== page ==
Crop conditions across most of Minnesota and much the Midwest have been quite favorable through the first half of the growing season. Crop conditions in a large segment of the southern Corn Belt have been much less favorable during most of the growing season, due to the significant amount of late and prevented planting, along with excessive rainfall in many areas during June and early July....More
New products aimed at soybean cyst nematode (SCN) and sudden death syndrome are on deck for the 2015 planting season. Bayer CropScience’s ILeVO seed treatment offers a new adversary for SDS, while Syngenta’s Clariva Complete Beans present a new tool for SCN....More
Fields across the Midwest will begin sporting a new look in 2015 as farmers begin using variable-rate, multi-cultivar planters, which are available commercially for the first time after being field tested in 2014 by Kinze Manufacturing and Precision Planting, in conjunction with four seed companies....More
While we’ve always known that planting delays decrease yields on average, these recent findings confirm that losses from planting soybeans late are lower than those from planting corn late, says Emerson Nafziger, University of Illinois crop scientist....More
As has been the trend in recent years, average 2015 custom rates for farm work are likely to show a small increase, compared to 2015 custom rates. Most custom rates for tillage, planting, and harvest operations in 2015 are listed at 2-5% above the rates for similar operations in 2014, with an average increase of about 3.5%....More
National Ag Week is being celebrated March 15-21 all across the United States, with Wednesday, March 18, designated as National Ag Day. As we celebrate National Ag Week, it is a good time to reflect on all the traditions and advancements that help make the U.S. agriculture industry second to none! Here are some interesting statistics about today’s agriculture industry....More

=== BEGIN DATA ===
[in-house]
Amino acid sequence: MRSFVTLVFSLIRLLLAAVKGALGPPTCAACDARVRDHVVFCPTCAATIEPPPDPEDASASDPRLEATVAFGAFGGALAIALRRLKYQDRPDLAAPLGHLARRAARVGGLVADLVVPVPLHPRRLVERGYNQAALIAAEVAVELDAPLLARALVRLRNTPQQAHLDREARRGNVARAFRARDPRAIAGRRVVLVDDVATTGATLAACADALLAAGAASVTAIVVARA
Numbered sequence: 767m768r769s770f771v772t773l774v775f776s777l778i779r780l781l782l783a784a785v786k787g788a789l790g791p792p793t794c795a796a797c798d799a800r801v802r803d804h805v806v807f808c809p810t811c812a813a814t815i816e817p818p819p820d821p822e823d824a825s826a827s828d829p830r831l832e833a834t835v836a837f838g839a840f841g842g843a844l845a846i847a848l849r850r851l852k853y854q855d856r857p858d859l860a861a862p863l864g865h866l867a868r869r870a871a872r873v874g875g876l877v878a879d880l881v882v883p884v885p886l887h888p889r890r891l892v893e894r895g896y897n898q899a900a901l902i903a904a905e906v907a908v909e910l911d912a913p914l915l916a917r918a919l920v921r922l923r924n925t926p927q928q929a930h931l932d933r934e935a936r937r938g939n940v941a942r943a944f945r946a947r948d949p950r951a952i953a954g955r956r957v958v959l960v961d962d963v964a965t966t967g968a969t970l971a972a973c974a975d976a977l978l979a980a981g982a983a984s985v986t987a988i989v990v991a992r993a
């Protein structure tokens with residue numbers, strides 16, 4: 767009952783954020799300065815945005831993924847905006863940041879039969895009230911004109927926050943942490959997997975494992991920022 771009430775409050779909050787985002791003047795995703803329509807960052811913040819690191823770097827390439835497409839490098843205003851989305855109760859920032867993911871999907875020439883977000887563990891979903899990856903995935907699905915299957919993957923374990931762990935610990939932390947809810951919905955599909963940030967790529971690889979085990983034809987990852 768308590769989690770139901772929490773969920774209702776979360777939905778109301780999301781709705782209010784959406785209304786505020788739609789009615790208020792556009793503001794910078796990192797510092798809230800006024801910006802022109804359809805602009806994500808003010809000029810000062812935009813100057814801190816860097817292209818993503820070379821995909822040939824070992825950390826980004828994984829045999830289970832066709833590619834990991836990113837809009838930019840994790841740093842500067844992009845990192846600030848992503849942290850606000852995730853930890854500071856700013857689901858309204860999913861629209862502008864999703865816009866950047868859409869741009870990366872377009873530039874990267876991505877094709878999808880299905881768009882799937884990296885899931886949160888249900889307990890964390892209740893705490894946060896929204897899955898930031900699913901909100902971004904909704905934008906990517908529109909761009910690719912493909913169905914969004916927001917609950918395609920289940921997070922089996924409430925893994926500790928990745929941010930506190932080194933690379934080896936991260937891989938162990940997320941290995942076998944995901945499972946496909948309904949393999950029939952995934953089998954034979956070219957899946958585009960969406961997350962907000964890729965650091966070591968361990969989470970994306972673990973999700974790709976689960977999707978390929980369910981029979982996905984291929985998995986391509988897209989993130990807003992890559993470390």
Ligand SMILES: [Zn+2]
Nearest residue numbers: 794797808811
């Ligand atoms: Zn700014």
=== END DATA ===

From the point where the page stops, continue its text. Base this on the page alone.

The 5 ag stories to read this week offer tips for prepping your planter this spring. Learn about a new test for SCN, and what Secretary of Agriculture Tom Vilsack had to say to farmers at Commodity Classic. Get help with on-farm trials, and find out what regular words on the farm mean to non-farmers.
In the 5 ag stories to read this week, get some considerations for seed treatments when trying to cut costs this spring. If you plant cover crops, be aware of residual herbicides, and there's still time to sign up for the Conservation Stewardship Program. Read 5 tillage myths, and watch a video thanking farmers, that also helps FFA.
The National Farm Machinery Show turned 50 years old this year, and it continues to attract more than 300,000 farmers from across the nation and beyond. I spent some time at the show during the first two days, dodging and weaving in the crowded aisles over 27 acres of exhibits. Here is my first installment of items I found interesting.
“Although this was my first year planting drought-tolerant corn, it is a thing of the future,” says Mark Meyer, Nehawka, Neb. “As stewards of the land, farmers need to think long term about how we use water. Drought tolerance and water optimization, hopefully, will allow us to produce the same amount or more grain with less water.”...More
University of Wisconsin-Madison graduate research assistants apply small-plot research results from different management practices to large field-scale settings in order to maximize soybean yields. The basics of their high-yield program include high-yield genetics, early planting, narrow rows, optimal soil fertility and more....More